PA Chairman Mahmoud Abbas tours Ramallah during coronavirus crisi אבו מאזו
PA Chairman Mahmoud Abbas tours Ramallah during coronavirus crisi אבו מאזו Flash90

As we are seemingly moving towards the last two months of the Trump Presidency, it is helpful to look back and assess some of the effects it has had on the region, and whether they can be reversed so easily.

There is no doubt that the Trump Administration’s agenda was significantly pro-Israel. It departed from the tired and failed thinking of the past which placed all the onus on the Jewish State in the Israel-Palestinian conflict and overloaded it as the implausible gateway to ending all violence in the region.

The Abraham Accords, signing normalization agreements and opening ties with the UAE, Bahrain and Sudan, were certainly paradigm changing. They will hopefully consign the futile concept of ‘Linkage’ to the dustbin of history, where it belongs.

Nevertheless, there are those who will try and resurrect it because their professional reputations are built on it, logic and facts be damned, while others know it not to be true but wield it as leverage to ensure the American leadership’s full engagement on the conflict.

What we may see is ‘Linkage Minus’, meaning that the conflict will not be seen as the only trigger for violence, conflict and confrontation in the region, but remain one of the main ones. These analysts and advisers who held sway during the previous two decades of failed peacemaking will seek to rebrand a moribund concept into new packaging.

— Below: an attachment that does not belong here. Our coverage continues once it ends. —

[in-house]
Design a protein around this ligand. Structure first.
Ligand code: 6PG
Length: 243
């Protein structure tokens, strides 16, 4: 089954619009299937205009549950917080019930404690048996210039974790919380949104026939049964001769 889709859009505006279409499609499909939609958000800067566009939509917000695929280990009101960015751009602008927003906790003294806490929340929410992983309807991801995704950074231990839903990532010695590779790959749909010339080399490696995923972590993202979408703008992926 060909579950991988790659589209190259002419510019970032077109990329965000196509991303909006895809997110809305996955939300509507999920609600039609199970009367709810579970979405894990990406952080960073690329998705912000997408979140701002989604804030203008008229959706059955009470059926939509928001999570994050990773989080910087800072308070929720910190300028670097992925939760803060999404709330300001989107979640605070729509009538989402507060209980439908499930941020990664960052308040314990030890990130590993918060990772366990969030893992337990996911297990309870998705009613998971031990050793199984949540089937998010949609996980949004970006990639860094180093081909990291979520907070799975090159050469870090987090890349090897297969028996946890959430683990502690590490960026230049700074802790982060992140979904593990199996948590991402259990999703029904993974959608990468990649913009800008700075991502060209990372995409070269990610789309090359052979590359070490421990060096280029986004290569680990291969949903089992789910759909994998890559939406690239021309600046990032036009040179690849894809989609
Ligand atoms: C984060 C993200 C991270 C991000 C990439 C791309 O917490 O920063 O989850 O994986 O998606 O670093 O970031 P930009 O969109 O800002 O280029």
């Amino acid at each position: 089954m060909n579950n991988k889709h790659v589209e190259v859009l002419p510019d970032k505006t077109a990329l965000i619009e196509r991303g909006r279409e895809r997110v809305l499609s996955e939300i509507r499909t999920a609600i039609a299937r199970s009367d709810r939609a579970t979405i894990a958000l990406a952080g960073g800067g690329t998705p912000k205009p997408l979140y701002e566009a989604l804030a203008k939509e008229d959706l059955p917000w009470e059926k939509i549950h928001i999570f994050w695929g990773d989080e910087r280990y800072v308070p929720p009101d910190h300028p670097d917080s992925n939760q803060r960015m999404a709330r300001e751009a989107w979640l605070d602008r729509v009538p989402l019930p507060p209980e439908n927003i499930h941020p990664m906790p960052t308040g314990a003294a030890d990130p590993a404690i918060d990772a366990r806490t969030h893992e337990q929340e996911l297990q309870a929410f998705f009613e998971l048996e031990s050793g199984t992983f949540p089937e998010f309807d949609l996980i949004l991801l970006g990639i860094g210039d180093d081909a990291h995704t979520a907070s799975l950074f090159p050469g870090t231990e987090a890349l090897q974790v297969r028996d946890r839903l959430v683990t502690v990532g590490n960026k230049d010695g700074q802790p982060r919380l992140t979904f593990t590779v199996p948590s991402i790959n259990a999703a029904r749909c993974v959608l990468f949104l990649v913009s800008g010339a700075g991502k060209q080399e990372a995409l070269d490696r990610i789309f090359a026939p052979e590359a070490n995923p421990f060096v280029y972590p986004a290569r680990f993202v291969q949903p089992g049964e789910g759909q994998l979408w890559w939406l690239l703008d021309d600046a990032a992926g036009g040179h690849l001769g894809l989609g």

On the other hand, the U.S. recognizing Israel’s sovereignty on the Golan Heights and Jerusalem, and moving the U.S. Embassy there, are unlikely to be reversed under President Biden.

However, some of the other policy changes, like how the U.S. will consider Judea and Samaria in general and Israeli towns and cities there in particular will almost certainly revert to the Obama era designations of “illegitimate” and “obstacles to peace”.

President-elect Biden has already stated that he will rejoin the JCPOA, the Iran nuclear deal, with certain stipulations, even though he will hear from all the major actors in the region that it would be a terrible mistake.

Nevertheless, the one area where we are already seeing a striking reversal is in relations with the Palestinian Authority.

While President Trump closed down the PLO office in Washington DC and the American consulate to the PA in Jerusalem, and stopped providing aid and assistance to both UNRWA and directly to the Palestinians, Palestinian Authority leader Abbas was not moved one inch from his intractable rejectionism.

Although sidelined because of their absolute rejection of the ‘Peace to Prosperity’ peace plan, and any attempts to get the sides to the table, the Palestinian Arab leadership remained tied to their obstinacy.

It is clear that while the Trump Administration offered several carrots, whether taking sovereignty off the table, massive financial aid to the Palestinian Arabs, or the stick of ending aid and funding, it is clear now that the Palestinian leadership has been left standing still despite these efforts in its stiff-necked opposition.